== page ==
Although the federal government in 1971 banned the miscarriage drug DES, its effects can still be found in women who took the drug, their children, and their grandchildren. Scientists are hoping to develop an educational initiative for grown children of women who took DES, which was found to cause certain types of cervical and vaginal cancer.
Wanda Jones, deputy assistant secretary of health at the Department of Health and Human Services, said, “Although DES is no longer used to prevent miscarriages, concerns about the effects of DES persist.”
DES, or diethylstillbestol, was a form of estrogen given to more than 4.8 million women in the U.S. between the mid-1940s and 1971. Unfortunately, research has shown that not only did the drug did not prevent miscarriages, but that the daughters and granddaughters of women who took it are at risk for cancer.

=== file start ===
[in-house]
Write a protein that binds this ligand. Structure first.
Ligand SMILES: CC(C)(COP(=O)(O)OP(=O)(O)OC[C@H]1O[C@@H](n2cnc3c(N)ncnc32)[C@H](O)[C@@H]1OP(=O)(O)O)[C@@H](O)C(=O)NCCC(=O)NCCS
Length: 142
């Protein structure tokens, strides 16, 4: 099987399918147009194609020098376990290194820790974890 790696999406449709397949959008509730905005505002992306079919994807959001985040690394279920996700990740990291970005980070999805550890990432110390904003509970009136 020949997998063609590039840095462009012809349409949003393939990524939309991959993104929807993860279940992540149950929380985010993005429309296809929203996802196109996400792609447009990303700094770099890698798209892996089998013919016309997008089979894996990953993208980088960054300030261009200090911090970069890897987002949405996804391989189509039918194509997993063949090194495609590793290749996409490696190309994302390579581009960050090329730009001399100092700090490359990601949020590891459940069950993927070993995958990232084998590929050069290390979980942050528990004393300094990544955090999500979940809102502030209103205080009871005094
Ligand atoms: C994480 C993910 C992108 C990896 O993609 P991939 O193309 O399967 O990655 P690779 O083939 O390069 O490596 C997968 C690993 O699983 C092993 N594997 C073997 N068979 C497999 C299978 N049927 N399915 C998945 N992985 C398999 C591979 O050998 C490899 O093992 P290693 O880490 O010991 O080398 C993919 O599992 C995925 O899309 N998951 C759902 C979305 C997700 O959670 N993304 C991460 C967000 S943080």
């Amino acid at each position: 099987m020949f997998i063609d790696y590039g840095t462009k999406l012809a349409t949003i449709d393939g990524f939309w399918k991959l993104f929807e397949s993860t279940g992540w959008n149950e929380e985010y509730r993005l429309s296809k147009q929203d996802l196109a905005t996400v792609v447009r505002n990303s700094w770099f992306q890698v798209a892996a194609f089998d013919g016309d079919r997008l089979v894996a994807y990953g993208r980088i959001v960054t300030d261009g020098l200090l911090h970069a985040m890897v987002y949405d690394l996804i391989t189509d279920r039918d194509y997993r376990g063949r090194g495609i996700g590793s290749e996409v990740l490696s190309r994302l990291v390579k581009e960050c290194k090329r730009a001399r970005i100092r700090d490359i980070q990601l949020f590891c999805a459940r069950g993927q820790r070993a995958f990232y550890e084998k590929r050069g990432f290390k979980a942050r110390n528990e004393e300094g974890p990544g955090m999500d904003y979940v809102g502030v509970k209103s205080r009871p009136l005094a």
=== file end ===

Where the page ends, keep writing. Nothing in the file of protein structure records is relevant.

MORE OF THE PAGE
Arthur Herbst, a gynecologist who identified the DES-cancer link, noted that “most cancer cases occurred in young women between the ages of 15-24,” but that “CAA [clear-cell adenocarconoma] of the cervix tends to be common in non-DES patients in their 40s, 50s, and 60s.”
In addition, because women are born with their supply of eggs in place, researchers have found that it is possible that her grandchildren could be affected if her eggs were damaged.
Currently, there is a debate of whether or not federal money should be spent on DES and its effects. Last year, Congress allocated funds for DES Programs under “Women’s Health Research and Prevention Amendments.” Representative Louise Slaughter, D-N.Y., who is fighting for a nationwide education program stated, “We must not be lulled into thinking our work with policymakers is now done.”